The American Diabetes Association recommends that physicians screen their patients for prediabetes starting at age 45. As long as a screening is normal, you should repeat it at three-year intervals. Screening is especially important for people who answer yes to these questions:

  • Do you have a relative with type 2 diabetes or heart disease?

  • Are you overweight or obese?

  • Do you have high blood pressure?

  • Do you have a sedentary lifestyle?

  • Do you have high levels of triglycerides and/or low levels of HDL cholesterol, both being types of fats measured in a blood test?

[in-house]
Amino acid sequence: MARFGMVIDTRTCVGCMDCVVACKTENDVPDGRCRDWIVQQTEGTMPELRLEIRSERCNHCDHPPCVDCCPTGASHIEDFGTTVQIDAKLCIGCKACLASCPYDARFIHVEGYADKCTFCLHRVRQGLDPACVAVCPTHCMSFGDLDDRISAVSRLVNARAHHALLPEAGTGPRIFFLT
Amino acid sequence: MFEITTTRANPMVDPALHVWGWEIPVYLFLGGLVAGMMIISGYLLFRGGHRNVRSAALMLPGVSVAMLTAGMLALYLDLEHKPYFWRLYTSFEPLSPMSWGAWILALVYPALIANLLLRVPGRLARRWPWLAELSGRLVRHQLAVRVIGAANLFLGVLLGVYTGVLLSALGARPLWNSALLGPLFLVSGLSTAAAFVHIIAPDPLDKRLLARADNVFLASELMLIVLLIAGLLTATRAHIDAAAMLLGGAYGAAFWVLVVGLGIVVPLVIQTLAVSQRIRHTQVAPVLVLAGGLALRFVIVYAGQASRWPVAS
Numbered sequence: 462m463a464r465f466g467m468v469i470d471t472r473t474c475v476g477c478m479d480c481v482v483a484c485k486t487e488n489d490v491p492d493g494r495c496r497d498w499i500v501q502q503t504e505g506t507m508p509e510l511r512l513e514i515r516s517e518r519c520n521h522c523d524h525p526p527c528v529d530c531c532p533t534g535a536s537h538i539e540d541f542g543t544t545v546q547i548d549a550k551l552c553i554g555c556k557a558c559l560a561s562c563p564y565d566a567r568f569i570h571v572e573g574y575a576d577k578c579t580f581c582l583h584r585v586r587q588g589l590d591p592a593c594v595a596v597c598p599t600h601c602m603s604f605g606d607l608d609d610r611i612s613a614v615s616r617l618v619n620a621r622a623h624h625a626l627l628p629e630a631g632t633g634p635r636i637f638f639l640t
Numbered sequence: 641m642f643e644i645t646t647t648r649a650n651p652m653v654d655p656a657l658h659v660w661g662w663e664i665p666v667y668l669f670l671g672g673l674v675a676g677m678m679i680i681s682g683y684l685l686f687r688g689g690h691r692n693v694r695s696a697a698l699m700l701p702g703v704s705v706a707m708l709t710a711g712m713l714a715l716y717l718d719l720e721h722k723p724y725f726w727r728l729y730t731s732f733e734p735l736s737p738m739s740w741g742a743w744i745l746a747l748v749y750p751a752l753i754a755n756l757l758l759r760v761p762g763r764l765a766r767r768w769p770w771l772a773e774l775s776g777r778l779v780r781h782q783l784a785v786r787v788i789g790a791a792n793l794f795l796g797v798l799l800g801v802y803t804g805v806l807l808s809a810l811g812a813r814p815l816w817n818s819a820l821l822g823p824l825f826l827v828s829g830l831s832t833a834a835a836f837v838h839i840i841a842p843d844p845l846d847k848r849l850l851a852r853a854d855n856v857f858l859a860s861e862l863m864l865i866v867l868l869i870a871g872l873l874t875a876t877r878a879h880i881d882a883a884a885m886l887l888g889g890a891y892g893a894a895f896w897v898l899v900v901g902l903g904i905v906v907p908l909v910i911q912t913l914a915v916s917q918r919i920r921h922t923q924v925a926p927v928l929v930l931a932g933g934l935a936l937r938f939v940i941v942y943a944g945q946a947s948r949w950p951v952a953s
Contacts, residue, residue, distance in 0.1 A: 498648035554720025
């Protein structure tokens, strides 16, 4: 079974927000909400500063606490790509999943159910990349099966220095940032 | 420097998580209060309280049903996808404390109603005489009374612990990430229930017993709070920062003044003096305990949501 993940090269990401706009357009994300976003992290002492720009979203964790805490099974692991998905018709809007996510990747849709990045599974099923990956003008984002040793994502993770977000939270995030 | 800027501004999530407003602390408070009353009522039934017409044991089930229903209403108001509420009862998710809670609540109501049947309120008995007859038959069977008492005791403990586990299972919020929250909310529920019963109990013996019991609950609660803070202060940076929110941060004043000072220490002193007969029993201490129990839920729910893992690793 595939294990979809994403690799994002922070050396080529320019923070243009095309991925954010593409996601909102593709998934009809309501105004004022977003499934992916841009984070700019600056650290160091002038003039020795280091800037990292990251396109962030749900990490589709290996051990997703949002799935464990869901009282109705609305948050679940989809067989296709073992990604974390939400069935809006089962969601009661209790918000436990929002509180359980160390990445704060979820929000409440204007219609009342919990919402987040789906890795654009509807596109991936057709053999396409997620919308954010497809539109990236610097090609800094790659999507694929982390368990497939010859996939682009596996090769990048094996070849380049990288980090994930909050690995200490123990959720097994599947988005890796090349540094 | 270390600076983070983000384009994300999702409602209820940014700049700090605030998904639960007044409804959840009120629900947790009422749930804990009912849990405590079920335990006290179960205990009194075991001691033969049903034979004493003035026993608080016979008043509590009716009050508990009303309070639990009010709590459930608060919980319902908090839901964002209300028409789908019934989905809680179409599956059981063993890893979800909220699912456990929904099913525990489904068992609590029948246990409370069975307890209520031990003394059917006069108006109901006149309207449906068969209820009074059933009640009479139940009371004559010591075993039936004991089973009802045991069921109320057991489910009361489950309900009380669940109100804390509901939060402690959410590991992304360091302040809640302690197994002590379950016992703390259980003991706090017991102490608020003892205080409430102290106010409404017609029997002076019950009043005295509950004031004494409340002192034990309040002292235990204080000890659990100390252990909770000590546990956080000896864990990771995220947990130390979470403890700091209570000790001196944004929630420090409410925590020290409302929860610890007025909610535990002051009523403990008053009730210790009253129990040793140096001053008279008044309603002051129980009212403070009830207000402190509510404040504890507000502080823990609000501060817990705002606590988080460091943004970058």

• Do you belong to a higher-risk ethnic group such as African American, Latino, Asian American, or Pacific Islander?

  • Do you have “apple-shaped” rather than “pear-shaped” weight distribution? This means your excess weight is around your stomach rather than your hips.

  • For women who have had children, did you develop diabetes during the pregnancy or have a baby who weighed more than 9 pounds at birth?

  • For women, is there a history of polycystic ovarian syndrome, a condition that may include lack of periods, infertility, and increased hair on the body?